The Đồng Tháp Mười (Plain of Reeds) area in the Mekong Delta, known for its agricultural prowess, is in need of major agricultural reform to reach its true potential, experts have said.
Authorities in the Plain of Reeds region, which spans Long An, Tiền Giang and Đồng Tháp provinces, have been dealing with the effects of climate change and rising sea levels, including drought, floods and saltwater intrusion.
Last year, for example, salt intrusion affected around 10,000 hectares of rice crops in the region.
At a conference about the effects of climate change on the Mekong River, Dr Nguyễn Văn Khang, chairman of the Tiền Giang Union of Science and Technology Association, said that increased demand for hydroelectricity was affecting the flow of the Mekong River, leading to a drop in silt, an important element for soil fertility.
Trương Hữu Trí, director of the Gò Gòn Farmer Cooperative in Long An Province’s Tân Hưng District, said that officials must work to train farmers about new farming techniques since some of them were still reluctant to use advanced technology.
Many farmers are also pursuing inefficient methods. For example, pineapple farmers in Tiền Giang Province’s Tân Phước area, well-known for pineapple cultivation, have not made enough profit during this year’s harvest season.
Đặng Văn Hòa, a pineapple farmer, said: “Traders are only paying VNĐ1,500–4,500 for each pineapple, which is a lot lower than the mid-year price. Most of us can only break even.”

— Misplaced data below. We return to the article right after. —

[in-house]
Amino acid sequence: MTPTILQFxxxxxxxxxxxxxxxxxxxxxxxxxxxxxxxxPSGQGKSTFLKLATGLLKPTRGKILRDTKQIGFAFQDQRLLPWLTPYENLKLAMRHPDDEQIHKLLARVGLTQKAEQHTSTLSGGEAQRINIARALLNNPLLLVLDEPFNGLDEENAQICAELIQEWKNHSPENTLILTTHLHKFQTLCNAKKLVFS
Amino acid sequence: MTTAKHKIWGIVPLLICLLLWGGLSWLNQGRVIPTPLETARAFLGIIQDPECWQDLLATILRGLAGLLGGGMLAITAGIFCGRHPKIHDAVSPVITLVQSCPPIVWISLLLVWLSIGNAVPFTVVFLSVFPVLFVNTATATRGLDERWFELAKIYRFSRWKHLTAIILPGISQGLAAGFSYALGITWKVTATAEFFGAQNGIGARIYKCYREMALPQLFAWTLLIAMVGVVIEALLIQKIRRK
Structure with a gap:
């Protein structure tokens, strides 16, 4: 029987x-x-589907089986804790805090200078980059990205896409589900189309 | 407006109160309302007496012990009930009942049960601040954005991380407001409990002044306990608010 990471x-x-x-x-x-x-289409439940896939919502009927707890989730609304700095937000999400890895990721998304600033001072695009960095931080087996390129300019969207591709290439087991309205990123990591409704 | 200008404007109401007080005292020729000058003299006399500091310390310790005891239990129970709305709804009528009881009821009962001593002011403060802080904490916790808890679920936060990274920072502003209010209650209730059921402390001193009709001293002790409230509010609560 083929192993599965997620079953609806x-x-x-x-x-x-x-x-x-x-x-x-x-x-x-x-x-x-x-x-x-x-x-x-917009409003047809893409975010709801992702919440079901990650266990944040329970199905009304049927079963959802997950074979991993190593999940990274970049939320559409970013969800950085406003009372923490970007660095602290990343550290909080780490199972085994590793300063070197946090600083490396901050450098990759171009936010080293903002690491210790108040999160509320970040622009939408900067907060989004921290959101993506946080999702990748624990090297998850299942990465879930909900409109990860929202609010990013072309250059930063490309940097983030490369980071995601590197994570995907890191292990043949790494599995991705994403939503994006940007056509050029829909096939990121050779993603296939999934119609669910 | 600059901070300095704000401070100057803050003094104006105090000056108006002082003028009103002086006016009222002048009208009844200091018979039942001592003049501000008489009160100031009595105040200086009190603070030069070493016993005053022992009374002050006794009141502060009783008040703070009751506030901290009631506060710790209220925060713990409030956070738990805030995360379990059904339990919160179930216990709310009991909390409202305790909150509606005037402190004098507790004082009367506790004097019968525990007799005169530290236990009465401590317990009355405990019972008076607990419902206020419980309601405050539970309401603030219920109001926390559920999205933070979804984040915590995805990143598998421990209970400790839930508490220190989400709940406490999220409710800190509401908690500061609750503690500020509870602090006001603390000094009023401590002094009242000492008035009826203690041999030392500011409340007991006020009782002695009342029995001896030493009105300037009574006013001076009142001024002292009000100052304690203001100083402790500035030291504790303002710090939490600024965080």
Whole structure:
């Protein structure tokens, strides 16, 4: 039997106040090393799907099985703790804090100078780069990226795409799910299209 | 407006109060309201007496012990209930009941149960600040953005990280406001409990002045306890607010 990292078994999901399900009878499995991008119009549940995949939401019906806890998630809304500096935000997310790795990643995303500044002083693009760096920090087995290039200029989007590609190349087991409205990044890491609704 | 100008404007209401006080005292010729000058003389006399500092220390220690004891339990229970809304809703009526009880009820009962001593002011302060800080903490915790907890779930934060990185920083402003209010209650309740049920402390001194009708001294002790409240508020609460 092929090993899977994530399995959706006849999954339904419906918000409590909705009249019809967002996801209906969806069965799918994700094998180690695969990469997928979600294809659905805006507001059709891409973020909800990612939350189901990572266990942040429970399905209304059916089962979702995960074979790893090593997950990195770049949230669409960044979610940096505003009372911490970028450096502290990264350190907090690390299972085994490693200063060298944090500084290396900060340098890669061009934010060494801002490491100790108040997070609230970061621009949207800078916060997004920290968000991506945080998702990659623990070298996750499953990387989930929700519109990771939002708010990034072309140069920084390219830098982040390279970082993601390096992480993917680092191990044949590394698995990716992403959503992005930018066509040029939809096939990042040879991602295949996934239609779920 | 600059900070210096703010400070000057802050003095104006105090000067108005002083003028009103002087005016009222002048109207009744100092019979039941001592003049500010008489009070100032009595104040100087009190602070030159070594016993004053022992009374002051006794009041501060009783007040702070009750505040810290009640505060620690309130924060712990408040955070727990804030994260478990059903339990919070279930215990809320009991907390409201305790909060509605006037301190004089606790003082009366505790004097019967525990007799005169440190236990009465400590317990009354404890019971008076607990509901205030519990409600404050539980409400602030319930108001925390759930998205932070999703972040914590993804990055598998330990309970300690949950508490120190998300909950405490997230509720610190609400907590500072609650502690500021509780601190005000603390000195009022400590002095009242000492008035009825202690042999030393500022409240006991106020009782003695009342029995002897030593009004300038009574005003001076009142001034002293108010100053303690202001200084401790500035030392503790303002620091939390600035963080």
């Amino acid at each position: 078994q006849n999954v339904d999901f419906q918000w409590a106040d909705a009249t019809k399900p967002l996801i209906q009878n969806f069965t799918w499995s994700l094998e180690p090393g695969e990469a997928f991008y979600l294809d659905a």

Although demand for pineapples continues to be stable, the spike in output during the peak season has resulted in lower prices.
Farmers have been urged by Hậu Giang Province’s Department of Agriculture and Rural Development to join farmer cooperatives and spread the harvest throughout the year, rather than harvesting the entire area at the same time.
Đào Văn Hồ, director of the Việt Nam Trade Promotion Centre for Agriculture, said that more modern technology and better farming techniques should be used to cut costs and improve productivity as well as the quality of goods.
According to Hồ, the increased demand for high-quality products has led to a need for a better agricultural value chains. Distribution channels that keep track of the origin of crops, for example, are needed to ensure health standards, while regional markets need to be more standardised to ensure quality standards.
At a recent conference about Đồng Tháp Mười’s agricultural development, Dr Đặng Kiều Nhân from the Mekong Delta Development Research Institute said that industrial and service sectors must be involved in agricultural reform and be a part of the value chain, including producing a wider variety of processed products for different market segments.
Environmental protection and infrastructure development are also needed to improve the region’s agriculture, Nhân added.
At the conference, Lê Văn Hoàng, director of Long An Province’s Department of Agriculture and Rural Development, said that more research on better-yielding crops is needed to replace low-yielding crops now being cultivated.
Đồng Tháp Province was chosen for a pilot run to test agricultural reform policies three years ago, which included the application of modern technologies and farming techniques, promotion of processing of goods, and selection of better crops for cultivation and export.
The province has also encouraged farmers to form social clubs to share farming techniques.
Trần Văn Bình, president of a social club in Tân Quy Đông District, said: “Previously, some households kept their secrets and techniques to themselves, but now all members of the club share their knowledge and learn from each other. So a lot of households have benefited.”
Farming experts have also been helping connect farmers with better distribution channels and educate them about new techniques and market demand.
Officials in the area are looking to apply these policies to the rest of the Plain of Reeds region.